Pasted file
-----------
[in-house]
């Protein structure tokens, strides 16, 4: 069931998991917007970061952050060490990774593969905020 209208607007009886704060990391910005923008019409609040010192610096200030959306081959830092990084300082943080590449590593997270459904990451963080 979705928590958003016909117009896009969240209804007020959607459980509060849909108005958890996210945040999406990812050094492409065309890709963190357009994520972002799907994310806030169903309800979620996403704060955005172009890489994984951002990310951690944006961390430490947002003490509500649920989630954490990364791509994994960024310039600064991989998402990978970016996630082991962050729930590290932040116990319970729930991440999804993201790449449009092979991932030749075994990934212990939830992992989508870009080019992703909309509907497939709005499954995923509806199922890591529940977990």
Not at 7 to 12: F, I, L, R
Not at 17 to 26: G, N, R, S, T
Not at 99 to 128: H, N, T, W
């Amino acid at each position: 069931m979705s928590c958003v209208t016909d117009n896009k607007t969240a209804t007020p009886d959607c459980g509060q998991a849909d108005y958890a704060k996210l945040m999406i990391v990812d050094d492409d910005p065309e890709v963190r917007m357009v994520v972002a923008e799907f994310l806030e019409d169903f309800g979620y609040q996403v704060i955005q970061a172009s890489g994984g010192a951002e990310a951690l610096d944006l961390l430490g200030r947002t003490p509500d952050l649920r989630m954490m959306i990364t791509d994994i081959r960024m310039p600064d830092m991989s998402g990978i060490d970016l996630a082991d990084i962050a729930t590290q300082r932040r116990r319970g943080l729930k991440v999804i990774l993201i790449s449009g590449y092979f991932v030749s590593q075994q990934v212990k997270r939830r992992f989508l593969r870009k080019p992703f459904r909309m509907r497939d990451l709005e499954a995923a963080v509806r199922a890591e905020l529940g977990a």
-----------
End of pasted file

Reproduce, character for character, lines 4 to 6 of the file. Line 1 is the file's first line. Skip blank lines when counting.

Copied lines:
Not at 17 to 26: G, N, R, S, T
Not at 99 to 128: H, N, T, W
């Amino acid at each position: 069931m979705s928590c958003v209208t016909d117009n896009k607007t969240a209804t007020p009886d959607c459980g509060q998991a849909d108005y958890a704060k996210l945040m999406i990391v990812d050094d492409d910005p065309e890709v963190r917007m357009v994520v972002a923008e799907f994310l806030e019409d169903f309800g979620y609040q996403v704060i955005q970061a172009s890489g994984g010192a951002e990310a951690l610096d944006l961390l430490g200030r947002t003490p509500d952050l649920r989630m954490m959306i990364t791509d994994i081959r960024m310039p600064d830092m991989s998402g990978i060490d970016l996630a082991d990084i962050a729930t590290q300082r932040r116990r319970g943080l729930k991440v999804i990774l993201i790449s449009g590449y092979f991932v030749s590593q075994q990934v212990k997270r939830r992992f989508l593969r870009k080019p992703f459904r909309m509907r497939d990451l709005e499954a995923a963080v509806r199922a890591e905020l529940g977990a």